Candidates for Indiana governor — Libertarian Rex Bell, Democrat John Gregg and Republican Eric Holcomb — were asked a series of questions on some of the major education issues in Indiana.
Those issues include pre-kindergarten, the teacher shortage, an alternative to ISTEP, private school vouchers and their approach to working with a state superintendent of public instruction elected from a different political party.
Candidates answered questions by email. Answers are presented in alphabetical order by candidate’s last name.
Do you support universal expansion of pre-K, making it available to all children? How would you pay for any expansion of pre-K?
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Bell: No, I do not support a state-controlled pre-K program. There are many churches and private organizations that offer preschool programs if people need help with their younger children. Family support is the greatest contributor to success in continuing education, and as a society we should be working to enable and encourage more family involvement and less government intervention in our children’s education.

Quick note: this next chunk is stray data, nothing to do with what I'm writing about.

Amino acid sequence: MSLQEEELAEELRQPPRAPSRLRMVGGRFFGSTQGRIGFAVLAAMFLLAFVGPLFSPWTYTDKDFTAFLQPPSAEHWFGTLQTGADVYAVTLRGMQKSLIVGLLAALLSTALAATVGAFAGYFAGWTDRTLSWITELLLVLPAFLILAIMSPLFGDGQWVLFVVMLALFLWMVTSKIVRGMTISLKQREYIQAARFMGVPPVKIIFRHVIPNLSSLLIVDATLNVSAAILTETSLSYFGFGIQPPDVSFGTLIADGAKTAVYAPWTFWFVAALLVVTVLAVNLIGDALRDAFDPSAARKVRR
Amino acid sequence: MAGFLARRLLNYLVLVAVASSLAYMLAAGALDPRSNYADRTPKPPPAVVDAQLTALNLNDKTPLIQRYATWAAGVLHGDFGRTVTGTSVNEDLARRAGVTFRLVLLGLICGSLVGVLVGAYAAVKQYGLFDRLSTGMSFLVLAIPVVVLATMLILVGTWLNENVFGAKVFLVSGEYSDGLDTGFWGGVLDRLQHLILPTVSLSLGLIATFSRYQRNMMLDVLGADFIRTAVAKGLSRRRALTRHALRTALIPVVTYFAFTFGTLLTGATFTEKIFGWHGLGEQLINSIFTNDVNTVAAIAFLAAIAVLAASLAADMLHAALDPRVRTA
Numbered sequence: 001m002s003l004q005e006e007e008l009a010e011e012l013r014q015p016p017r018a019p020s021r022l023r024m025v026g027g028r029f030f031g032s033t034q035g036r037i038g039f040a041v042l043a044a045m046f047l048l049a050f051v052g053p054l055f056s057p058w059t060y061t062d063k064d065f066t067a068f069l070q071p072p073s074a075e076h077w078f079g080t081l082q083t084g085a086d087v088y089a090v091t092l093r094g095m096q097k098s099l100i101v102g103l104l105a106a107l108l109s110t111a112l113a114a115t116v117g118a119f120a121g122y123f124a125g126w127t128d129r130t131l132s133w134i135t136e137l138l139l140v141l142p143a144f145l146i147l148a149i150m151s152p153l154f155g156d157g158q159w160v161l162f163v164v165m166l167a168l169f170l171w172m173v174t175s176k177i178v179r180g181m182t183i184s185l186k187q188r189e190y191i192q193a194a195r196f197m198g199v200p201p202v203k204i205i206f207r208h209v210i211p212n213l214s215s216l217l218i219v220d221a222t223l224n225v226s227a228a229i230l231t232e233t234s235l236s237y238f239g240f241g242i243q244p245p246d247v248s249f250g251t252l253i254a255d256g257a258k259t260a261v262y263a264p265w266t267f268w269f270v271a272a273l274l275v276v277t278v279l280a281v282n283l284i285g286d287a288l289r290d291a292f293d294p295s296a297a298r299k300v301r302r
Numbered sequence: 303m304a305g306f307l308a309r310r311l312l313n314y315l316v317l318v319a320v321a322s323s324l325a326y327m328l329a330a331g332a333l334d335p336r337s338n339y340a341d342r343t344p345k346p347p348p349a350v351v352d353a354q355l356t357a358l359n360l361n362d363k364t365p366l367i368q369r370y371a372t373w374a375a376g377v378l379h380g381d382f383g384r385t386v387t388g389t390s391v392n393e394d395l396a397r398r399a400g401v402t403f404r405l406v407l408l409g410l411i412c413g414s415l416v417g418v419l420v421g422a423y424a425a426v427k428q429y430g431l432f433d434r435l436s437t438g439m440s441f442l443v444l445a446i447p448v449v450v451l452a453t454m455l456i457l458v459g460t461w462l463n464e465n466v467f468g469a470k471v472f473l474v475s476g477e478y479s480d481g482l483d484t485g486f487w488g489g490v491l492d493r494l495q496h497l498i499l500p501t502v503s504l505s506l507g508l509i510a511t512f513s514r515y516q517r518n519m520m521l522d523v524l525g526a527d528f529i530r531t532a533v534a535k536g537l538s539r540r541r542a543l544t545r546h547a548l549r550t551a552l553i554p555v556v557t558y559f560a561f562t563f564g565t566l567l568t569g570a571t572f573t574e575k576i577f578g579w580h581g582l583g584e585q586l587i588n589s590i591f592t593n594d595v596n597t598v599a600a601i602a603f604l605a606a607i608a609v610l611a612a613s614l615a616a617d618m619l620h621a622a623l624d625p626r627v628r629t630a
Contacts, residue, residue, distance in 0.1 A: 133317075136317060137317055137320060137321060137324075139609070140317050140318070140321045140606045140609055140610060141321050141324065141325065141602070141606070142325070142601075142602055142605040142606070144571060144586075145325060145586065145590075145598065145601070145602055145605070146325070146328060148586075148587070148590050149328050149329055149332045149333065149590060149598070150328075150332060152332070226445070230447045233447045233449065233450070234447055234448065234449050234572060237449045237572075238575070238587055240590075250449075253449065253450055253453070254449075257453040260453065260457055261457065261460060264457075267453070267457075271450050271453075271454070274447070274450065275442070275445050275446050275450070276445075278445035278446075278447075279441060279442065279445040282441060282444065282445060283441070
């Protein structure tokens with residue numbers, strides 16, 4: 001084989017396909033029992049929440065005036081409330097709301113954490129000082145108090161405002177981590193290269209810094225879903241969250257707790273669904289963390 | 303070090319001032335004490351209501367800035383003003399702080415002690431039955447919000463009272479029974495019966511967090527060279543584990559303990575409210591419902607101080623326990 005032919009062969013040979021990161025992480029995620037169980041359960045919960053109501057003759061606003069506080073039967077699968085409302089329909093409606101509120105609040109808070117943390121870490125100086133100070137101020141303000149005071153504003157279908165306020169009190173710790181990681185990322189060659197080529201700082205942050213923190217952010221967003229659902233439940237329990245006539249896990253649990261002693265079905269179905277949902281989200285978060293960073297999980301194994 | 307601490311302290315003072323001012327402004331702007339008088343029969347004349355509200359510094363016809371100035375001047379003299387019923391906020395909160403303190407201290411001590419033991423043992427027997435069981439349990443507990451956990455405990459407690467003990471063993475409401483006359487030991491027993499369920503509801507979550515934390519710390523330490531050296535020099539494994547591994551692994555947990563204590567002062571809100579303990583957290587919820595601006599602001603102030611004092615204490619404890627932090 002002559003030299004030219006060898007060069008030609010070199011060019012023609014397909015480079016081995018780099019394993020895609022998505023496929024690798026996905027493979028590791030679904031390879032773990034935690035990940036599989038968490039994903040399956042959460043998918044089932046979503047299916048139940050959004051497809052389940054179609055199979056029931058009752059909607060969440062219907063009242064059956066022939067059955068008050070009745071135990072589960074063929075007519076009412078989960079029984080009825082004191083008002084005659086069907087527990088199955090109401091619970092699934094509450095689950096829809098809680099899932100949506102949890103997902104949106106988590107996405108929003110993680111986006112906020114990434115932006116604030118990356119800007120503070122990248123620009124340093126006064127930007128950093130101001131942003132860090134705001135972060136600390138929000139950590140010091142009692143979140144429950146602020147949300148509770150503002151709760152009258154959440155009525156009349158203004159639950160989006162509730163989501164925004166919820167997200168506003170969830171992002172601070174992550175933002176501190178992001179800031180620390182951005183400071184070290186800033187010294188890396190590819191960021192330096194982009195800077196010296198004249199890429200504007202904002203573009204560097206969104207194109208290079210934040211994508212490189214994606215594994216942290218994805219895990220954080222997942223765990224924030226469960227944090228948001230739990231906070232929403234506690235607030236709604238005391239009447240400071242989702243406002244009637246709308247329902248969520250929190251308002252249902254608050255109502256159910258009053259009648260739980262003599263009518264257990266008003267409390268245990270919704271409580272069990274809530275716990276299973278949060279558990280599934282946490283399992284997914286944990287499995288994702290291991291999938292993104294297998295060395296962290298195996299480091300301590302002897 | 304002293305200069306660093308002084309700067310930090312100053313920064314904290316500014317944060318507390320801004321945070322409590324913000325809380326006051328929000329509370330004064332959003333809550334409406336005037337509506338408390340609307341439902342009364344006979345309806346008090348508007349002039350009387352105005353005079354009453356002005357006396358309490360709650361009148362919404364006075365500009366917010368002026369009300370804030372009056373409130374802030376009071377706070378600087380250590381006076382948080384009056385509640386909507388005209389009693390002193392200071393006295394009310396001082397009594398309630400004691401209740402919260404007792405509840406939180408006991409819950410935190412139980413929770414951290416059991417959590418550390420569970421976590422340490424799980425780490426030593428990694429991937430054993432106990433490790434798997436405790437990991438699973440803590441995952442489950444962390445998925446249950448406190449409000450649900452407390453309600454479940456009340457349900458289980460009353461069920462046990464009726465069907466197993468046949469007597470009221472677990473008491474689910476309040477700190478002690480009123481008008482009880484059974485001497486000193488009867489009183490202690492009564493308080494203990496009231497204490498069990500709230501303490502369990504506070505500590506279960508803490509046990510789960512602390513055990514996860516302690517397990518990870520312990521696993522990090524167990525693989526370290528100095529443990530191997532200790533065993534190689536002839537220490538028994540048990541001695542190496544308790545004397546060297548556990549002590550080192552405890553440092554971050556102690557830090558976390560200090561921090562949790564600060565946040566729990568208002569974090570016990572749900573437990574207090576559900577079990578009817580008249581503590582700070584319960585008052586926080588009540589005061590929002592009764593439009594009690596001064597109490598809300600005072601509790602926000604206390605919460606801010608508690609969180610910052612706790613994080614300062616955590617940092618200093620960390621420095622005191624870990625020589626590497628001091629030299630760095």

Gregg: Yes, and I am the only candidate that has a plan to do it. Forty-two other states already offer pre-K and Indiana should join them. My plan calls for statewide, yet optional, pre-K, for all 4-year-olds, which would cost about $150 million per year. Funding for this can be found by repurposing existing state tax dollars, which are going unused, and awarding grants to school districts that partner with public/private providers to implement high-quality programs. I will also seek the federal dollars that the Pence/Holcomb administration turned away. We can accomplish this without raising taxes.
Holcomb: I wholeheartedly support an expansion of Indiana’s first-ever, state-funded pre-K program — first to those who have the greatest financial need because the true cost comes in not addressing this issue. To fund that responsible expansion, we should continue to leverage all sources of revenue, including federal, state, local and private, while maintaining autonomy.